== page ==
Death of Gaddafi leads to liberation of Libya

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Jennifer Werner
jwerner2@radford.edu

On Thursday, Oct. 20, history was made as Muammar Gaddafi’s 42-year tyrannical regime came to an end. As news spread that Gaddafi had been killed two months after he was removed from power and forced into hiding, an elated crowd erupted into cheers and shouts of victory.

According to sandraoffthestrip.com,  Gaddafi has committed heinous and brutal crimes against his people. These crimes include torturing people to death, shooting unarmed protestors, attacking ambulances and hospitals, using ambulances to move troops and to attack protestors, killing doctors for treating injured people after he closed the hospitals, destroying mosques, creating chaos by using sleeper cells in Benghazi to shoot at civilians, and other atrocious acts.

Gaddafi is also said to be behind the 1988 terrorist bombing of Pan Am Flight 103 over Lockerbie Scotland which killed 270 people, according to the Huffington Post.

Following his death during his final battle in Sirte, Gaddafi’s hometown, Gaddafi’s body was taken to the city of Misrata, where it was stashed in a cold storage unit used to keep perishables by local restaurants. The body could be seen for several days sprawled out on a mattress at the bottom of the freezer with a bullet still visibly lodged in the left side of Gaddafi’s blood streaked head. There was also a bullet wound in his chest and stomach.
A coroner’s report stated that Gaddafi died on his way to the hospital from the gunshot to the head after being found in a drainage pipe. Fox News reported that it is still unknown who fired the fatal shot.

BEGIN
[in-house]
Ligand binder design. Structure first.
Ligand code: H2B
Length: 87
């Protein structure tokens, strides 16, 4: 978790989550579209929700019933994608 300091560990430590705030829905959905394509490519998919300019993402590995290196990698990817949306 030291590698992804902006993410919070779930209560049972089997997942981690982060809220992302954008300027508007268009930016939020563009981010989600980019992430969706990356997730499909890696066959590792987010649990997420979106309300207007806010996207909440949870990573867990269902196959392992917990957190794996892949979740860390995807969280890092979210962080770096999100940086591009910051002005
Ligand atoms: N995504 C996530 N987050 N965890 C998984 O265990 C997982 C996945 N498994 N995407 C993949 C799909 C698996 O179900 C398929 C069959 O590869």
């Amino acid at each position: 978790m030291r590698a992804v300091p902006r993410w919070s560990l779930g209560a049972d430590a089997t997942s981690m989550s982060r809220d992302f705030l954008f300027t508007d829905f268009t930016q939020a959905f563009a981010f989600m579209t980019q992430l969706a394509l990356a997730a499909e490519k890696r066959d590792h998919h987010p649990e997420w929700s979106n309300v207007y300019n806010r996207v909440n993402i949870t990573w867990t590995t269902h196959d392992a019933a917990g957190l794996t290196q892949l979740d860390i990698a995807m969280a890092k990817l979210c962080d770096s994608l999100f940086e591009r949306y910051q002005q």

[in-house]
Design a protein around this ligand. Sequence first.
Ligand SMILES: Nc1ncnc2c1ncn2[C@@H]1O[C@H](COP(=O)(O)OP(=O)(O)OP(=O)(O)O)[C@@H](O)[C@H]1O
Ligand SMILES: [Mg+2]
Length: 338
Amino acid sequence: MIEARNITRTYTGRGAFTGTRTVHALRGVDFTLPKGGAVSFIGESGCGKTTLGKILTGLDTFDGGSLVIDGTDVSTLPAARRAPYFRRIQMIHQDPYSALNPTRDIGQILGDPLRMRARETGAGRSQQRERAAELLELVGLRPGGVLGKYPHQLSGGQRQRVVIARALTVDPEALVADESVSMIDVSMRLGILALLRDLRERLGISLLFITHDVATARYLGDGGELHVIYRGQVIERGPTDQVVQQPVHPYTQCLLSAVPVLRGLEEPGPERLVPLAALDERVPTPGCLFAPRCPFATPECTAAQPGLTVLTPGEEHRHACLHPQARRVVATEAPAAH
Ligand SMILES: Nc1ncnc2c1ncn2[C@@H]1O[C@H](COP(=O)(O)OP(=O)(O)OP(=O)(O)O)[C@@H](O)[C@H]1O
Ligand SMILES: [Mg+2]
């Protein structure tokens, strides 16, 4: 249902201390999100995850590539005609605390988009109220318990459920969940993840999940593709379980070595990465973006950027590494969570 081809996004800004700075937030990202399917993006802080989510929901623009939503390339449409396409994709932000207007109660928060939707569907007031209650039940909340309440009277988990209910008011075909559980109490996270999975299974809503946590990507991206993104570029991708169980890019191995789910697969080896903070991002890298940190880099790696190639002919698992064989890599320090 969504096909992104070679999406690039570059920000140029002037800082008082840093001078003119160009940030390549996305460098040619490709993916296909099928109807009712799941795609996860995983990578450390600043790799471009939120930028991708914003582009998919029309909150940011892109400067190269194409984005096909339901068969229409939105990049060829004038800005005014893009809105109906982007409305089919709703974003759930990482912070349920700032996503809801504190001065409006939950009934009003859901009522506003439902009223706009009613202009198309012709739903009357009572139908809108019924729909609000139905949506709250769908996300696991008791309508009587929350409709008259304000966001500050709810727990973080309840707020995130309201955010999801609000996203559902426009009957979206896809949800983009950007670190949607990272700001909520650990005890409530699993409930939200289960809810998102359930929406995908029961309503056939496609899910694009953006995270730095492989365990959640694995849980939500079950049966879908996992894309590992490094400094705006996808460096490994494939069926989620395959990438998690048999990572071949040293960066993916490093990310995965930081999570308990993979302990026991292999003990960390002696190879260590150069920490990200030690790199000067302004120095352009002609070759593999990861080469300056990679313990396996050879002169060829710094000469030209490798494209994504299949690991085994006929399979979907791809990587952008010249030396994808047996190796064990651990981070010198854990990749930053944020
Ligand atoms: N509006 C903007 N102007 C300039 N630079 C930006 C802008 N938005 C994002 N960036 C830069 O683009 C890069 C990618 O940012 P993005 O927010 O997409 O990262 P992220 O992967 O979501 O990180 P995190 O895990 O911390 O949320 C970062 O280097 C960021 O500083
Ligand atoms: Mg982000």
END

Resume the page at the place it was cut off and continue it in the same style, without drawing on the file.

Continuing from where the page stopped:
According to BBC news, there is pressure from the international community to perform an investigation to explain exactly how Gaddafi was killed.

Film footage that was released shows Gaddafi alive at the time in which he was taken captive. He was pushed and shoved as he struggled to escape. After being shot, Gaddafi’s body was paraded around Misrata, the city that had been victim of one of Gaddafi’s brutal sieges.

In a survey of Radford University students  who were asked if Gaddafi’s death was handled in the best way, Courtney Treon stated, “Not at all. He is still a human being who feels fear and panic. Also, it was entirely degrading and disrespectful to human life, especially when they displayed his body in a meat locker. That’s a barbaric and weak way to begin a new government.”

Many individuals found peace in Gaddafi’s death after losing a loved one in the Pan Am bombing according to Fox News.

However RU student Alex Bellofatto disagrees, “I don’t think justice is ever served when it comes to a lost life brought by misfortune.

Despite claims that Gaddafi loyalists wanted him killed because his death was to their benefit, Libyan leader, Mustafa Abdul Jalil, claimed that Gaddafi’s opposition would much rather have seen him stand trial and eventually suffer in prison.

On Friday, Oct. 21, NATO officials released a statement acknowledging that they had performed a strike on a set of pro-Gaddafi convoys.

“At the time of the strike, NATO did not know that Gaddafi was in the convoy. NATO’s intervention was conducted solely to reduce the threat towards the civilian population, as required to do under our UN mandate. As a matter of policy, NATO does not target individuals,” the statement said. “We later learned from open sources and Allied intelligence that Gaddafi was in the convoy and that the strike likely contributed to his capture.”

In Benghazi, Sunday, Oct. 23, Jalil officially declared Libya liberated.